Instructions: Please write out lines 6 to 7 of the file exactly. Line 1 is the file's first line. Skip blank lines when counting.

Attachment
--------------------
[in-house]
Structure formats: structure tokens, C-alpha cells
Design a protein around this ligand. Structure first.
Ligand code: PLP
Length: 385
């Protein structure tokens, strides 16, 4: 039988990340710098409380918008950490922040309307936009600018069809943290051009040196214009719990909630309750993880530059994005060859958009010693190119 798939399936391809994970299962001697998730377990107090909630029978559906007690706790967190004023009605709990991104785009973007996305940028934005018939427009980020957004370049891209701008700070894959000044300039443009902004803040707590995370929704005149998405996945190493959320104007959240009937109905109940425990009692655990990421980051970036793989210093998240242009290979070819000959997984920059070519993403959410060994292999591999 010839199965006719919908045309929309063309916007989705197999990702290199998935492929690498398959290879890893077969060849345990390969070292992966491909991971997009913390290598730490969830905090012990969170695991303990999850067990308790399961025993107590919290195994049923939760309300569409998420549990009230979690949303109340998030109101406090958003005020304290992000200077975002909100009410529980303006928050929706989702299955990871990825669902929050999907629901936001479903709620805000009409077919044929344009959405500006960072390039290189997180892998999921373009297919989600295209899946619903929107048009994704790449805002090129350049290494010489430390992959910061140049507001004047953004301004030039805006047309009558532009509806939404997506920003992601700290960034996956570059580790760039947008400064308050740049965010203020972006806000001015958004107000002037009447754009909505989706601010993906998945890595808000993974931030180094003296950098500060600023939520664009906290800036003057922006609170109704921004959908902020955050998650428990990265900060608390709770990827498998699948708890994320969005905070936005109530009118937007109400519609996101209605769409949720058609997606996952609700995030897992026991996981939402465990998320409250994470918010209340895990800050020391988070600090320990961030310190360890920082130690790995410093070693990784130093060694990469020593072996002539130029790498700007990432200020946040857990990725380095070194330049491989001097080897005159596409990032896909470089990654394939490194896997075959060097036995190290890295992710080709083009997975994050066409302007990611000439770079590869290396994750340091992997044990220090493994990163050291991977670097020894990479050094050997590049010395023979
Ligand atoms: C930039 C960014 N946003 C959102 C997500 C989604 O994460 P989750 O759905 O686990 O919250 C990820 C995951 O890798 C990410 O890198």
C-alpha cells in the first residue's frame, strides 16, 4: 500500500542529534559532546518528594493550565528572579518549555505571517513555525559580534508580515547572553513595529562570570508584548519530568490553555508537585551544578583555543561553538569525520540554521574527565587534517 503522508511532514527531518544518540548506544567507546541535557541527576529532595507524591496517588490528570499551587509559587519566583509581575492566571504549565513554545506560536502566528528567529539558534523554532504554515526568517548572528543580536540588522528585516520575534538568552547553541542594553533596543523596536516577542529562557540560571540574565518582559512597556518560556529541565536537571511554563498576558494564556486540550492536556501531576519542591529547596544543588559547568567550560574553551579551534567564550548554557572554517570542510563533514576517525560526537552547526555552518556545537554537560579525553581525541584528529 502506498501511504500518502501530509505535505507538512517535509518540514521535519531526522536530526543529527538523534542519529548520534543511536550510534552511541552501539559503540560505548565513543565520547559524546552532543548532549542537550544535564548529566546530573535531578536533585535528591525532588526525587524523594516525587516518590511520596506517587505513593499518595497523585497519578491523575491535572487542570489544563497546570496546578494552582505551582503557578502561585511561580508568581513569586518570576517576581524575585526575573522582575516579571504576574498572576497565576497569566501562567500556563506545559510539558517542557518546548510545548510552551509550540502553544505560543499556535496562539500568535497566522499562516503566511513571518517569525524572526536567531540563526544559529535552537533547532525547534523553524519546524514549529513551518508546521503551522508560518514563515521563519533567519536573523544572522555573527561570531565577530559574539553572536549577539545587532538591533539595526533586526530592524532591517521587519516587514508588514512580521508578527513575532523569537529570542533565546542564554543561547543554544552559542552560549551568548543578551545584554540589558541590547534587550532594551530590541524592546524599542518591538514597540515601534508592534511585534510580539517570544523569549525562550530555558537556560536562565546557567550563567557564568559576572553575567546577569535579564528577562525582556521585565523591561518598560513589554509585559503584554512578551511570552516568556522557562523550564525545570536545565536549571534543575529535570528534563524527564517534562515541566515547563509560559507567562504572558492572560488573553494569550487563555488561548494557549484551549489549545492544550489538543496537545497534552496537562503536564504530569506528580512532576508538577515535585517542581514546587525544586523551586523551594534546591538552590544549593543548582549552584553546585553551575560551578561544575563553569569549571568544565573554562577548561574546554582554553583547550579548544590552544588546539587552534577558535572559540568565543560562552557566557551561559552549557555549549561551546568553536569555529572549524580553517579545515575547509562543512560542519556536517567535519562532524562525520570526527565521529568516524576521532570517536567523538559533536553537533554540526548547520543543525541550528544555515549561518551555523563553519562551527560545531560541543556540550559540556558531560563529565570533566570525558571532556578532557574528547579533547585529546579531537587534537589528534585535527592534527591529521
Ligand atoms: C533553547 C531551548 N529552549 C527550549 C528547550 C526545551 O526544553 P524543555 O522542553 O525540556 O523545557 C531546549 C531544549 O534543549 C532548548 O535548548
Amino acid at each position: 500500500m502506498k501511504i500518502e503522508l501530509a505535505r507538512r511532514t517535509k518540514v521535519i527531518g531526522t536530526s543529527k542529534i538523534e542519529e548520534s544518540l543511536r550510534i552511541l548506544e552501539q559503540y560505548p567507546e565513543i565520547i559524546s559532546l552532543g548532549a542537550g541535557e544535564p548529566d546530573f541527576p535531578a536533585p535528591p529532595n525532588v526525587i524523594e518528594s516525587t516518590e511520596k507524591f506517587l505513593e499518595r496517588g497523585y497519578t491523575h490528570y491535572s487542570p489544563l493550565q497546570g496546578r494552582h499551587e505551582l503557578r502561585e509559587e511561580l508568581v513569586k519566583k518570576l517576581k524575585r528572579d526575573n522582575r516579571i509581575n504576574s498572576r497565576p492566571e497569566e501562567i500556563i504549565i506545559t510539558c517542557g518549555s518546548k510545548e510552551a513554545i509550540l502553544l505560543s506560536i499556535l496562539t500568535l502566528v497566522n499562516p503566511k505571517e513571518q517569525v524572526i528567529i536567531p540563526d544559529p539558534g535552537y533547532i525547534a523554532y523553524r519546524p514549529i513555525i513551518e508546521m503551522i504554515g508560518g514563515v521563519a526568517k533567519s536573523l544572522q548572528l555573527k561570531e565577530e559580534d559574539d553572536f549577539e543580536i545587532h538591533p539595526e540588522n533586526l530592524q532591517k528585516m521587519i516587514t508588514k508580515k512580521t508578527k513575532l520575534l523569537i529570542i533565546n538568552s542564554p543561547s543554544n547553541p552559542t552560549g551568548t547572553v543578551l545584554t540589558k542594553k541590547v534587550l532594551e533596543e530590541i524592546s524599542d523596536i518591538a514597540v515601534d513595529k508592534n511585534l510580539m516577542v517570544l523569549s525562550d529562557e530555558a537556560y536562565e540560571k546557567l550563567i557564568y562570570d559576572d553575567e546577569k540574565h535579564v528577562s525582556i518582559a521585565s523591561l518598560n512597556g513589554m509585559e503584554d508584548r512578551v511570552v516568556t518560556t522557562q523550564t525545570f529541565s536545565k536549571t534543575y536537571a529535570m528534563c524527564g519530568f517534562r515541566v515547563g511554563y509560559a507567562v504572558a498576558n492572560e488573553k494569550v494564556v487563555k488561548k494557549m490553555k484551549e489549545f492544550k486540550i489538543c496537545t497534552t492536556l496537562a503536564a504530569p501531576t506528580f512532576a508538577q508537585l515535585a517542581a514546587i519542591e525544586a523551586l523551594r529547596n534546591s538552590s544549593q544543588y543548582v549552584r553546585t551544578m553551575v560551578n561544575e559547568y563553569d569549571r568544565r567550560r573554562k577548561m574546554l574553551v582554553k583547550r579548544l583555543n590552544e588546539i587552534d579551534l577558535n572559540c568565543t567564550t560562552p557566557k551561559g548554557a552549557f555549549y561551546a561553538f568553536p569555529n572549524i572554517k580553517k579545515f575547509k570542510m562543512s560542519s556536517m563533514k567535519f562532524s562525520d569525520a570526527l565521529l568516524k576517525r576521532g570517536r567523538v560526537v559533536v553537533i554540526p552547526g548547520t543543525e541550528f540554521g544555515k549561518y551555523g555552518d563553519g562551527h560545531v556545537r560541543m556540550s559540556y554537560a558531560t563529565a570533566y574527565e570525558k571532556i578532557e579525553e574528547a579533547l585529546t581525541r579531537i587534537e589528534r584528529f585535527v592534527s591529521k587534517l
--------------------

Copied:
């Protein structure tokens, strides 16, 4: 039988990340710098409380918008950490922040309307936009600018069809943290051009040196214009719990909630309750993880530059994005060859958009010693190119 798939399936391809994970299962001697998730377990107090909630029978559906007690706790967190004023009605709990991104785009973007996305940028934005018939427009980020957004370049891209701008700070894959000044300039443009902004803040707590995370929704005149998405996945190493959320104007959240009937109905109940425990009692655990990421980051970036793989210093998240242009290979070819000959997984920059070519993403959410060994292999591999 010839199965006719919908045309929309063309916007989705197999990702290199998935492929690498398959290879890893077969060849345990390969070292992966491909991971997009913390290598730490969830905090012990969170695991303990999850067990308790399961025993107590919290195994049923939760309300569409998420549990009230979690949303109340998030109101406090958003005020304290992000200077975002909100009410529980303006928050929706989702299955990871990825669902929050999907629901936001479903709620805000009409077919044929344009959405500006960072390039290189997180892998999921373009297919989600295209899946619903929107048009994704790449805002090129350049290494010489430390992959910061140049507001004047953004301004030039805006047309009558532009509806939404997506920003992601700290960034996956570059580790760039947008400064308050740049965010203020972006806000001015958004107000002037009447754009909505989706601010993906998945890595808000993974931030180094003296950098500060600023939520664009906290800036003057922006609170109704921004959908902020955050998650428990990265900060608390709770990827498998699948708890994320969005905070936005109530009118937007109400519609996101209605769409949720058609997606996952609700995030897992026991996981939402465990998320409250994470918010209340895990800050020391988070600090320990961030310190360890920082130690790995410093070693990784130093060694990469020593072996002539130029790498700007990432200020946040857990990725380095070194330049491989001097080897005159596409990032896909470089990654394939490194896997075959060097036995190290890295992710080709083009997975994050066409302007990611000439770079590869290396994750340091992997044990220090493994990163050291991977670097020894990479050094050997590049010395023979
Ligand atoms: C930039 C960014 N946003 C959102 C997500 C989604 O994460 P989750 O759905 O686990 O919250 C990820 C995951 O890798 C990410 O890198």